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3 common reproductive health concerns for women

May 30, 2024

Reproductive health is complex, and it can be hard to pinpoint the cause of symptoms such as pelvic pain, abnormal bleeding and fertility issues. However, through regular screenings with your healthcare provider, you have a better chance of identifying problems early and receiving timely care. Here, we'll explore three common reproductive health concerns for women: sexually transmitted infections (STIs), endometriosis and uterine fibroids.

1. STIs: Causes, symptoms and treatment

STIs are infections passed through sexual contact. Many STIs do not cause noticeable symptoms right away, but if left untreated, they can lead to complications. Even when they cause no symptoms, some STIs like chlamydia, gonorrhea and trichomoniasis can cause pelvic inflammatory disease, chronic pelvic pain and damage to the reproductive system, which may ultimately put women at higher risk for difficulties in conceiving and having healthy pregnancies.

The Centers for Disease Control and Prevention recommend sexually active women under 25 get screened annually for chlamydia and gonorrhea. Older women with new partners or multiple partners should also get regular STI testing. Labcorp OnDemand offers confidential at-home screening with the Chlamydia, Gonorrhea, Trichomoniasis Test that can provide insights into your sexual wellness. Knowing your STI status allows you to have informed discussions with your healthcare provider regarding the best treatment options for you.

2. Endometriosis: Causes, symptoms and treatment

Endometriosis is a condition experienced by about 1 in 10 women and occurs when uterine-like tissue grows in regions outside the uterus, such as on the ovaries or fallopian tubes. This tissue thickens and breaks down each month, causing severe cramping, heavy periods and chronic pelvic pain. The misplaced tissue can also lead to scarring and fertility issues.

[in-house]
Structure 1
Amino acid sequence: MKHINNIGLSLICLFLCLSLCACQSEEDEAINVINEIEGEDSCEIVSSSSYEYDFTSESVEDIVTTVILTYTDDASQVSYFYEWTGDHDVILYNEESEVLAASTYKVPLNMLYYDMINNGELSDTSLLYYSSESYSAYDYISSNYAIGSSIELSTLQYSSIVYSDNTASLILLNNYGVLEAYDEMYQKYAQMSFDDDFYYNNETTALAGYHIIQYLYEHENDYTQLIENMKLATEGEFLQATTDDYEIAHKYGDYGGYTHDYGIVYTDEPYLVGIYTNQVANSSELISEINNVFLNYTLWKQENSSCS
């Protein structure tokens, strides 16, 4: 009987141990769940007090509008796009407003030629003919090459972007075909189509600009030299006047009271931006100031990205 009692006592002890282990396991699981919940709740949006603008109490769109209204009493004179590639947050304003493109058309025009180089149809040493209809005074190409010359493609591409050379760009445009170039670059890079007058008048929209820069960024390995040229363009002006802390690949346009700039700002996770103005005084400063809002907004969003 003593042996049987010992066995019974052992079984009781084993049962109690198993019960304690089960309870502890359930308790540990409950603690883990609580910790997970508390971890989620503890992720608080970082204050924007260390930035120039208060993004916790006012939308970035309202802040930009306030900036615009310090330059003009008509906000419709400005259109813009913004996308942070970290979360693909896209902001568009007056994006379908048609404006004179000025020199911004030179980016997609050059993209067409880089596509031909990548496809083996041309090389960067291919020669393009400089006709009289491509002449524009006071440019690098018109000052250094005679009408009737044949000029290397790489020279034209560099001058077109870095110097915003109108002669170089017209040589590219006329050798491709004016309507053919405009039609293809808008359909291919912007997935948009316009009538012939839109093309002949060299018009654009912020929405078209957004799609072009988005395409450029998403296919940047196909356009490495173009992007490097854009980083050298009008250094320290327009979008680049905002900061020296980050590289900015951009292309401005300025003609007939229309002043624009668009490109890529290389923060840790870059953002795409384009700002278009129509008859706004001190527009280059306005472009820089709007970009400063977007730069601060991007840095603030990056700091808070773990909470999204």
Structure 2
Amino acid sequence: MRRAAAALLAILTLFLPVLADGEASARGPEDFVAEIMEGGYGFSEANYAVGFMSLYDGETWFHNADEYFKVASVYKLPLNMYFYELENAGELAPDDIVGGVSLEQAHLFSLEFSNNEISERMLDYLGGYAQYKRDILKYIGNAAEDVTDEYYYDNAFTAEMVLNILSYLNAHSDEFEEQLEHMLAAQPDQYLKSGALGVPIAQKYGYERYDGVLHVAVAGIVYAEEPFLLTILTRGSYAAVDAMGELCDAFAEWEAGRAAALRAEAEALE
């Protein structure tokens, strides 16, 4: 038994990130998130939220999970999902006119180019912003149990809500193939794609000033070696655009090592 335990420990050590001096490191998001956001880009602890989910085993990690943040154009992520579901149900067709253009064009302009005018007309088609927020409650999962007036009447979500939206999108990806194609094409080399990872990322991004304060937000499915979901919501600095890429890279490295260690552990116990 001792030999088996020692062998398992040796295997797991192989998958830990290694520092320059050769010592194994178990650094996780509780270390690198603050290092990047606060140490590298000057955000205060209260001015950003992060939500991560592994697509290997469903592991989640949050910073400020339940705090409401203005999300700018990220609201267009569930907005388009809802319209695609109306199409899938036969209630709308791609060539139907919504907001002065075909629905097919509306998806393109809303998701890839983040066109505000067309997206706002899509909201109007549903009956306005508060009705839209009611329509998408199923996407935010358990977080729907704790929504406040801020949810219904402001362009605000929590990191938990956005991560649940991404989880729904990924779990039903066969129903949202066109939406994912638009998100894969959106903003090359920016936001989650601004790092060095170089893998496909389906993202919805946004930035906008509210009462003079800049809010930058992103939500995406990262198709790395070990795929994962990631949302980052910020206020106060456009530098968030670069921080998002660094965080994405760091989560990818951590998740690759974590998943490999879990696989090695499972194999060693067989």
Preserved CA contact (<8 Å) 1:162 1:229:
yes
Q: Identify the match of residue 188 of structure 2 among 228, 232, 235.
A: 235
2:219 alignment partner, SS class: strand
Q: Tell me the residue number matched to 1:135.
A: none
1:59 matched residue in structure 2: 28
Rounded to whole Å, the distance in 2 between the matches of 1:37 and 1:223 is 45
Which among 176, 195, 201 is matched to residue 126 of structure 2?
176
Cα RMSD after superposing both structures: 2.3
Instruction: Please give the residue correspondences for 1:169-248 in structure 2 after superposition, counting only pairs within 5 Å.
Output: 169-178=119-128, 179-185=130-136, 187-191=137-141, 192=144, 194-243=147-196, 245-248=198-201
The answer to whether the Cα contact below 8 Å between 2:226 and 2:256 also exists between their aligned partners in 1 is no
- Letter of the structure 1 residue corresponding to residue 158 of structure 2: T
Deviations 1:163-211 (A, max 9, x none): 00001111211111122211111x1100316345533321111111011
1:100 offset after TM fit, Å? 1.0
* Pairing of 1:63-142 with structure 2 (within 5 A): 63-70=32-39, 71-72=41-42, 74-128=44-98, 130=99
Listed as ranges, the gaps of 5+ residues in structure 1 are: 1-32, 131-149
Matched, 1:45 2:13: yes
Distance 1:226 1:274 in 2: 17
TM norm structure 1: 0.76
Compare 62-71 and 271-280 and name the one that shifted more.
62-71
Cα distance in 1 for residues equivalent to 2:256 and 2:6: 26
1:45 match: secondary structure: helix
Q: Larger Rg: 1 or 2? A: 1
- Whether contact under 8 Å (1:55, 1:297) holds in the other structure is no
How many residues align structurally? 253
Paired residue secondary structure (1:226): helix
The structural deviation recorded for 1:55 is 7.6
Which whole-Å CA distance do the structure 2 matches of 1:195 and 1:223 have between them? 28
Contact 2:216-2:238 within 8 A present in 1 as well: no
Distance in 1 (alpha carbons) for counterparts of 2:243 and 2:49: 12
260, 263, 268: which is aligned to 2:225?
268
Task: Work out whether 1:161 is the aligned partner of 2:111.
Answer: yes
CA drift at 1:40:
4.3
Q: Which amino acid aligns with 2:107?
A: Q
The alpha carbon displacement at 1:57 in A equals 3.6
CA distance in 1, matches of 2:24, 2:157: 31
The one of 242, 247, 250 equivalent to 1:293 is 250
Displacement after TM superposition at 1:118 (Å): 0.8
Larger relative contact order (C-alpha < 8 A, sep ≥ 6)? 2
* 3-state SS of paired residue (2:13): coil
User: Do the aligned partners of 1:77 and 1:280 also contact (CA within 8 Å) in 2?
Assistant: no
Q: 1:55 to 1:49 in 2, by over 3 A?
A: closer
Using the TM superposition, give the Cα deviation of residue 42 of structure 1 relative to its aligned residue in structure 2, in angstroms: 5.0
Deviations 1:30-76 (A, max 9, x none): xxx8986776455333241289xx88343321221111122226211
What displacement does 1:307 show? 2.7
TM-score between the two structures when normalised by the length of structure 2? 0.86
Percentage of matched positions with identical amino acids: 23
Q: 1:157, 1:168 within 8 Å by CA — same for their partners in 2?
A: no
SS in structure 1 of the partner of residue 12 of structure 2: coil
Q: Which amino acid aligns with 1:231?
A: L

Additionally, since the tissue acts like uterine lining responding to hormones, endometriosis symptoms tend to worsen around your period. There is no cure yet, but medications and surgery can help manage pain and improve fertility. Although endometriosis may be suspected based on symptoms, laparoscopic surgery is often needed to identify tissue growths and confirm diagnosis. Early diagnosis is key to preserving fertility.

3. Uterine fibroids: Causes, symptoms and treatment

Uterine fibroids are noncancerous tumors that grow in or on the muscular walls of the uterus. Up to 80% of women develop fibroids by age 50. Fibroids can vary greatly in size and number. Many small fibroids cause no symptoms, but larger fibroids may press on the bladder and rectum, leading to frequent urination, constipation, pelvic pain and heavy menstrual bleeding.

Fibroids often contribute to infertility and pregnancy complications. Depending on the size and location, they can block the fallopian tubes, interfere with implantation, cause miscarriage or lead to preterm delivery. Treatments for symptomatic fibroids include medications and surgical removal. Your provider may monitor small fibroids during pregnancy. Additional testing of hormone levels and ovarian reserve may also provide further insights into reproductive health.

Early diagnosis is key for reproductive health concerns

While some reproductive health issues can become serious if left untreated, early detection and diagnosis can help you and your health provider make sure you receive optimal care. Getting the right tests and screenings is key to identifying problems early and improving outcomes.  Talk to your healthcare provider about any questions or concerns you may have about your reproductive health to decide on the best course of action and benefit from personalized care.

Want to learn more about your fertility and reproductive health?

Explore our women’s health content to get tips and tricks from reproductive health and fertility experts. You can also explore our OnDemand Lab Tests to get specific answers about your reproductive health status—from ovarian reserve to progesterone hormone levels and more.